The problem comes with the devastation in interactivity that follows, which does nothing to retain those first moments. At a first glance the character seems to be a Big Daddy in every possible respect. His movement is heavy, the industrial drill where his hand should be is deadly. And then, afar, we see a Tonic that allows us to move faster. Later, we’re discovering Tonics that, in the long term, give him endurance and bolster his drill significantly. With each new discovery we pressage a pubescent roar: “playing with a Big Daddy is too slow, we want to be all powerful!”. And there you have it – all the mythology surrounding it is pushed aside to present a certain “gameplay” which, after the initial sequence comes to an end, lapidates all the magic surrounding it. The “thing” under our control becomes less a Big Daddy as time goes by. Devoid of a greater understanding of the reasons which made that monster an interesting character, devoid of a larger audacity in making players actually “become” the character, we’re left with hoarding and researching new weapons and powers to guarantee a sense of might. And it’s only closer to the game’s later levels where we really feel a certain authority, a certain presence, in that diving suit but it’s one that comes at the expense of hours of predictable motions, many of which were also a part of Jack’s journey in Bioshock. Much as if Valve had come halfway through Portal’s development and thought “y’know, players are going to find this unbearably slow, we better put some AK-47′s in it”, Bioshock 2 builds a chance to see Rapture through the eyes of a Big Daddy but then only has a blindness to offer.
Rapture is still an essay about a society (which reflects upon a particular group of people, and which explores their features), but also a larger reflection about the condition, the behavior of man as an animal. Not only on the social spectrum, outlined, among others, by Andrew Ryan’s political theatre and Sofia (the sequel’s antagonist) Lamb’s utilitarianism, but also of man as an animal, made and unmade by both – Jack as the social parasite in Bioshock, subject Delta as the pre-human being in Bioshock 2: both held as opposing elements to the philosophies of both ruling agents until their stories are concluded, a moment where they are free of their personality abuse and inner violence, whether as a result of a genetic legacy (Ryan) or manipulation (Lamb). Yet, it is a post-conflict world where motivations seem predestined to an absence of conflict itself. If in Bioshock Jack was a blank slate whose awareness unleashed his motivations, in this second tour around Rapture Delta’s motivations are aparent from the start. As you put on the Big Daddy diving suit in Bioshock 2, there’s an entire history and mythology associated with that role. The moment we know what a Big Daddy is about, is it still sensible that he can go against his role?
The father and daughter relationship, corrupted by science, is built on a solid premisse but is one that remains uncaring until the game’s very last chapters, when Eleanor assumes an attitude in keeping with our decisions to preserve or abuse the Little Sisters and to save or kill three key figures of Rapture, which offers predictable but satisfying conclusions to the narrative arc. Which results in a kind of narrative dissonance: the genetic bond between the Little Sisters and Delta’s own nature, for instance, are distorted when the protagonist goes from protector to exploiter, from someone who saw in those monstruous children a certain innocence that was important to protect against any corruption into someone who can now contemplate them as objects subject to selfish drives. If Delta’s memory is impenetrable and the ideal of fatherhood can be rewritten by our decisions, how do you justify a bond with Eleanor, Lamb’s daughter and also the Little Sister he was bonded to? If Delta’s body breaks down the longer he remains away from Eleanor, why does that narrative device takes hours to kick in and when it does, has no consequence beyond a special effect recicled from Bioshock – an effect which, curiously, was also associated with a condition imposed on Jack during the prequel but also never affected him?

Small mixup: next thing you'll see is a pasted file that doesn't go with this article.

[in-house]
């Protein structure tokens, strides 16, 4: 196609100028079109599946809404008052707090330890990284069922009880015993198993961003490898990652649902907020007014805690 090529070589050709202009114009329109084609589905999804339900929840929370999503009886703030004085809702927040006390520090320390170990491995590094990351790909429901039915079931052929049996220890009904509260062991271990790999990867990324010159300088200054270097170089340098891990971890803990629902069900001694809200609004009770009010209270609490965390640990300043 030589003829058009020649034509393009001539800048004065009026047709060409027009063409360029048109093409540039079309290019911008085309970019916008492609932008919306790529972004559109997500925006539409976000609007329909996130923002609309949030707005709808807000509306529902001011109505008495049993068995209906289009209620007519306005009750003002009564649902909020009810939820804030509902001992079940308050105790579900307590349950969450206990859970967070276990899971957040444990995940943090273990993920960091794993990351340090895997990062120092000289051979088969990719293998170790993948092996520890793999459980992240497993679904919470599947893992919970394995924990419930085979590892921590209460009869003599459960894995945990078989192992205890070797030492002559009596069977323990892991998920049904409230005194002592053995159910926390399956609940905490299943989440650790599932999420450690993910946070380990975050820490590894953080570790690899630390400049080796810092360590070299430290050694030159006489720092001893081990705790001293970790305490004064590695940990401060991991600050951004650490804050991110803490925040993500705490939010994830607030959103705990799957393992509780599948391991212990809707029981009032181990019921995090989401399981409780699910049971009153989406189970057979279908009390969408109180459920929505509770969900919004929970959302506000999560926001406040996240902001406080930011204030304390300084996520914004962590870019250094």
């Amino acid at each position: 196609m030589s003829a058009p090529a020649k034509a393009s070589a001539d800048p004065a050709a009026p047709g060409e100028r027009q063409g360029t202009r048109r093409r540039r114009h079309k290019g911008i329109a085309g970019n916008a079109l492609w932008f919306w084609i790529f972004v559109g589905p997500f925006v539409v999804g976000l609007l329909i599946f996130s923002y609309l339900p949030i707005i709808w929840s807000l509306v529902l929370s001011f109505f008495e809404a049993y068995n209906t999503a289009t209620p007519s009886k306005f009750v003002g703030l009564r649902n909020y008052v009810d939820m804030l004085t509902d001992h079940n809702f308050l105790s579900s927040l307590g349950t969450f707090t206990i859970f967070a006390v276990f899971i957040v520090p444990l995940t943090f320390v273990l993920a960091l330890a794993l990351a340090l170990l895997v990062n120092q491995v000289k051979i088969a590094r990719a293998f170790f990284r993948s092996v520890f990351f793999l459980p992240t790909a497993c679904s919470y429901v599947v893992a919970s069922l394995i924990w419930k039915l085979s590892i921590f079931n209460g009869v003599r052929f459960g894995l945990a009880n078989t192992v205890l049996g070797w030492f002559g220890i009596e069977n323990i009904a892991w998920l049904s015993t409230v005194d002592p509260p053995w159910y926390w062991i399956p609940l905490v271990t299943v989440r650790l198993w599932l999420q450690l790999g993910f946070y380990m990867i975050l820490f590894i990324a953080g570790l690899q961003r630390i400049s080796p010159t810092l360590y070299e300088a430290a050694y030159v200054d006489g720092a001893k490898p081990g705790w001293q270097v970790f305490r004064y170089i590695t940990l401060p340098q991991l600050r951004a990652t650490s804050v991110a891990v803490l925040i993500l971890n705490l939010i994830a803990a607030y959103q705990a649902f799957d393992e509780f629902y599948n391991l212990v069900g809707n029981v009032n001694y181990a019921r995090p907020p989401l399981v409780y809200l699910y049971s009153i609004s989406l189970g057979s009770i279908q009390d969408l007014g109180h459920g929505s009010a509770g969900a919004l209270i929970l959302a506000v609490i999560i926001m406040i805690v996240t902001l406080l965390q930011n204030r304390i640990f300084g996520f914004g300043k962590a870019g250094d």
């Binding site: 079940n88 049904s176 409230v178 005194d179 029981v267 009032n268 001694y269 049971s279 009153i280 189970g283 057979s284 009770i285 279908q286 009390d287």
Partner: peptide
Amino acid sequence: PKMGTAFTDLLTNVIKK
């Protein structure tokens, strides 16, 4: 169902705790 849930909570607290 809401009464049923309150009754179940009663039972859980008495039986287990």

Lamb tries to explain all of this. She is a figure of intelectual and psychologial intimidation, who doesn’t hold back on invading our senses with alusions and winks to a kind of radical rationalization, who sees in the protagonists pre-human condition and super-human efforts a clinical curiosity, waiting to be dissected. Yet, most of her interjections are sedative, little more than quotes from a psychology textbook. Which kind of works: whereas Ryan saw in Jack a threat to his ideology that needed to be taken down, Lamb sees Delta as cat sees a rat before a final, surgical blow or someone who coldly registers facts during an autopsy. Lamb is a woman whose feminin side seems to have been entirely drowned out by her analytical mind. While not exactly a Shodan, it is not inappropriate to say she has made Rapture a very personal territory, almost like a womb – as a space completely under her control, as a place no outsider can penetrate and as a space nurtuting the Utopian, a supreme being. Her scientific jargon and concern over Eleanor are the only expressions of desire she can muster. Shodan’s echoes in System Shock 2 were almost sexual in tone. Lamb’s omniscience in Rapture, if indicative of any sexuality, is one that promotes itself as a means to an end, as an exercise in power. When Lamb floods an entire section of the city to prove her control over Rapture and over us, something in that voice and in that torrent of water which leaves us defenseless comes dangerously close to a sexual climax.